It's Friday night, the pretzels are in the bowl, the beer is on the ice. You have two new decks of cards, Dave is bringing his ammunition box full of those heavy clay chips and all of the wives and girlfriends are somewhere else (except Leslie who plays golf from the Men's tees and generally goes home after from these games a tad richer). Just like in thousands of other basements, rec. rooms and garages across the country, it's time for a nice friendly game of poker.
A friendly game of poker?
I have some friendly advice based on some sound psychological research. If you are a serious or semi-serious poker player; stop playing these friendly home games immediately. Walk away and never come back.
Because the friendly home game can cost you lots of money.
See if this sounds familiar. You start the game after you have traded kid stories, work stories and talked about the Tigers or Devil Rays or Seahawks. The beers come out, except for those guys who have been on the wagon for a decade or more, and the games begin. Fifty cent/a buck stakes; maybe $1 & $2. Even though John will deal Seven Card high all night, the other games start fairly soon: Black Mariah, Follow the Queen, Spit-in-the-Ocean, Six Card Push-Pull with a Shuck at the End for a Buck (my olde favourite).
If you fall asleep and call every hand other hand at random you might lose a hundred bucks until the "burn" games start around midnight. This is a friendly home game that you have played off and on for years with guys (and Leslie) you went to high school with, you golf with, were in the Men's Group at church with. This is actually fun and relaxing and a good way to harmlessly blow off some steam and enjoy a night away from the work and family life. It's fun. It's harmless.
Unless you are a serious poker player.
The problem is that you have trained yourself to make correct odds bets in a cash game or tournament setting and now you are going to "play for fun" you are going to "make the crying call for the last buck" you are playing "friendly." I am telling you those loose-friendly calls are going to creep into your real game and cost you money.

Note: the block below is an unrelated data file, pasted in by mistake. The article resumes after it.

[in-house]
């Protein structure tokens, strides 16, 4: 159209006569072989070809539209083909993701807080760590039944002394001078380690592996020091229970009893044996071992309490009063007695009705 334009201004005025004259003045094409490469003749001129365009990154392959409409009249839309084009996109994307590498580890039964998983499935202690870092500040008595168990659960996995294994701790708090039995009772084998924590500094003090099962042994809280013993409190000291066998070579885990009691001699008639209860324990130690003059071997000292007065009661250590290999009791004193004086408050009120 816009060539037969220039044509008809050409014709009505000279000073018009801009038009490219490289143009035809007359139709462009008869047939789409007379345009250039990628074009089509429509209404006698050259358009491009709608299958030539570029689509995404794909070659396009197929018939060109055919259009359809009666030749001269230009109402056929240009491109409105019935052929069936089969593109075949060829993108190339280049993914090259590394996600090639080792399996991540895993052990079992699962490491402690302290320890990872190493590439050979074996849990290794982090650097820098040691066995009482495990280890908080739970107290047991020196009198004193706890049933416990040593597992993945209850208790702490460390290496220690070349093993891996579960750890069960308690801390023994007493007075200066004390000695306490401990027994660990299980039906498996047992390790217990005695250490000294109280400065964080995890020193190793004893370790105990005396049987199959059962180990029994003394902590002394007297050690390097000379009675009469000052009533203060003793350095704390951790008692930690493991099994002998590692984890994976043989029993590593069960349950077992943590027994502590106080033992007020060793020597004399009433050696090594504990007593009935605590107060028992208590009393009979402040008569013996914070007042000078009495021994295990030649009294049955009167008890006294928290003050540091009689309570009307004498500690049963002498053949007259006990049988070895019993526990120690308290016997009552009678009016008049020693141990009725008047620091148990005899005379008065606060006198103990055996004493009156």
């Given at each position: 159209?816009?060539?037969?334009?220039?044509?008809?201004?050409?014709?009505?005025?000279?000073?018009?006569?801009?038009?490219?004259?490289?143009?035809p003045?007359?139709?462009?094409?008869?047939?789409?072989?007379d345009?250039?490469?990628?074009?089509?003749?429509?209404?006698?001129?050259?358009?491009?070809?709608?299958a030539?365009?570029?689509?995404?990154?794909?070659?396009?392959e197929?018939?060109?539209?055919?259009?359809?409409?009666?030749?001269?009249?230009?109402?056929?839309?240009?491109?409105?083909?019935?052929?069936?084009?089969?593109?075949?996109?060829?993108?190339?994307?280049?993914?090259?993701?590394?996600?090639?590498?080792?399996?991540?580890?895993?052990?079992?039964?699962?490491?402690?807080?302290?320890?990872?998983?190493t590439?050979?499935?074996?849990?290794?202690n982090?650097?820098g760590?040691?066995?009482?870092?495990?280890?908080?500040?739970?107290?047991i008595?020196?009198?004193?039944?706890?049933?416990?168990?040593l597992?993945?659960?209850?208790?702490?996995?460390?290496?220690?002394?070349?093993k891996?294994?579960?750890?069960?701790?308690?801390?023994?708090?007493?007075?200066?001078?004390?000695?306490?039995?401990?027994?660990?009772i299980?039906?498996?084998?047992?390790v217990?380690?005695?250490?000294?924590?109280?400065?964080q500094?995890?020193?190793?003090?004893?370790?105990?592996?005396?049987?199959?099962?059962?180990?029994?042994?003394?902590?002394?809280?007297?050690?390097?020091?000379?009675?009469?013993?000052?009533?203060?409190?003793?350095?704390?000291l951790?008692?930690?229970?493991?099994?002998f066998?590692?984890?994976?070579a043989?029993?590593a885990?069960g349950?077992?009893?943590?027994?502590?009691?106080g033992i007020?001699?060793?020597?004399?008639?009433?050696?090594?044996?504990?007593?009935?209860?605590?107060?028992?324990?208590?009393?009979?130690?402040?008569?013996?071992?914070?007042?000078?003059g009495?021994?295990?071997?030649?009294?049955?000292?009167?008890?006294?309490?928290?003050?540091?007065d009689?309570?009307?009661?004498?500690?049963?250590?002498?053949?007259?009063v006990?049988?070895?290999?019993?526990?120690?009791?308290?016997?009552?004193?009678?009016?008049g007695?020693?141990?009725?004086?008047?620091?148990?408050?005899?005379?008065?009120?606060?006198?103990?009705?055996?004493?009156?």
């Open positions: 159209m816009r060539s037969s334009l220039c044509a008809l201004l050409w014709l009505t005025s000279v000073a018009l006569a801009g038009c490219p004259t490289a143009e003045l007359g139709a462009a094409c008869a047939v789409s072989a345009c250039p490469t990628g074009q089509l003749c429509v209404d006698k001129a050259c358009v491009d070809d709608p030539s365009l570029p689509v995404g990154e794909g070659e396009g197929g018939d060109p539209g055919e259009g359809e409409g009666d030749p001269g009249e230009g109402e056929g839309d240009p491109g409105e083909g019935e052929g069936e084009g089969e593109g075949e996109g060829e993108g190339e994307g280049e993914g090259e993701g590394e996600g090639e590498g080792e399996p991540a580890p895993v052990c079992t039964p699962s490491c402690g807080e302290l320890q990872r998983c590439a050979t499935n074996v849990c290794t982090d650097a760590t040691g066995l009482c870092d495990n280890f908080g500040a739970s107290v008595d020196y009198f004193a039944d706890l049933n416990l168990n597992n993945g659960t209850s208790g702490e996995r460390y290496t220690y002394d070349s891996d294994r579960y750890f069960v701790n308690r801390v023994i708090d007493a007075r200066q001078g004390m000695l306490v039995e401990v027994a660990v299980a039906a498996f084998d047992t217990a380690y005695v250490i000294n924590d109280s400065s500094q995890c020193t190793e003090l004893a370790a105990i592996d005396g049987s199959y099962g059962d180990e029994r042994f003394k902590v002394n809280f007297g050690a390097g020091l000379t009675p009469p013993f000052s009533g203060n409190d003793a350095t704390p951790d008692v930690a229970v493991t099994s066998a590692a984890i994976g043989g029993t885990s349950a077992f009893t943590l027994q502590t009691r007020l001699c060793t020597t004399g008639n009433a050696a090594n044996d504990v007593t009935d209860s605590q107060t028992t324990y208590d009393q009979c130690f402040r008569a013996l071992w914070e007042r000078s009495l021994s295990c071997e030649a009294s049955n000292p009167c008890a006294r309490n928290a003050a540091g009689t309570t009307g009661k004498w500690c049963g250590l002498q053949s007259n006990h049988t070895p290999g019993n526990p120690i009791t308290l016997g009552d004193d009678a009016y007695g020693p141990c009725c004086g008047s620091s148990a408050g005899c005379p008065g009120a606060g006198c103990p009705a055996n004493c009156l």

This is an old sports psychology axiom about muscle memory. Simply stated you do not train against your best stroke. Tennis player, golfers, basketball players all get into a "groove" and know that is where they want to be. Why would you then purposely play outside your optimal game?
Fuzzy Zoeller tells the story of playing a charity event with three other pros and as part of the celebrity entertainment factor, the pros all played with no woods and opposite handed wedges. One of the other pros, whose name you will no longer remember, lost his entire short game after 18 holes with a lefty pitching wedge, and was never heard from again.
Could that be true for poker, you ask? Let's ask the professionals.
Recently I was at a Charity Poker event with some of the biggest names in tournament poker. There were several bracelets in attendance and a goodly handful of Full Tilt, Ultimate Bet and Doyle's Room professionals scattered around the room. Most of the pros were either playing their hands blind or looking at just one card or signing autographs and not playing their cards at all. Yes, they were having fun and yes every pro who made the money donated their winnings. So, they were just joking around and having fun for a good cause, right?
Well, I asked. Sure they all said it's for charity, until one of my friends took me aside and said:
"You know that's not the only reason we don't play these cards. You see we are just like everyone else, if we play we play to win but if we play and don't play to win, don't play to trap the other charity guests or don't read tells or do any of the things we do in a real game, then we can lose our edge."
When I then asked a few more professionals if that was indeed the case, they all agreed.
You don't ask a professional to play down, to do less, to ease up. Not in poker, not in flying planes or driving race cars. When you are fine tuned to high level of competition, you don't run a race in second gear.
"Why do you think we play Chinese Poker on the sidelines of all the events? You can still gamble, you can still bet, but you can turn off the reads and the moves and the strategy."
These final words from a two time WSOP bracelet winner:
"Don't ever do for fun, what you do for a living, it dulls the edge."
Pass the Pretzels. Deuces and One-Eyed Jacks are wild!
Ed Note: You can try to play One-Eyed Jacks as wild cards at Pacific Poker, but man will you lose some serious money.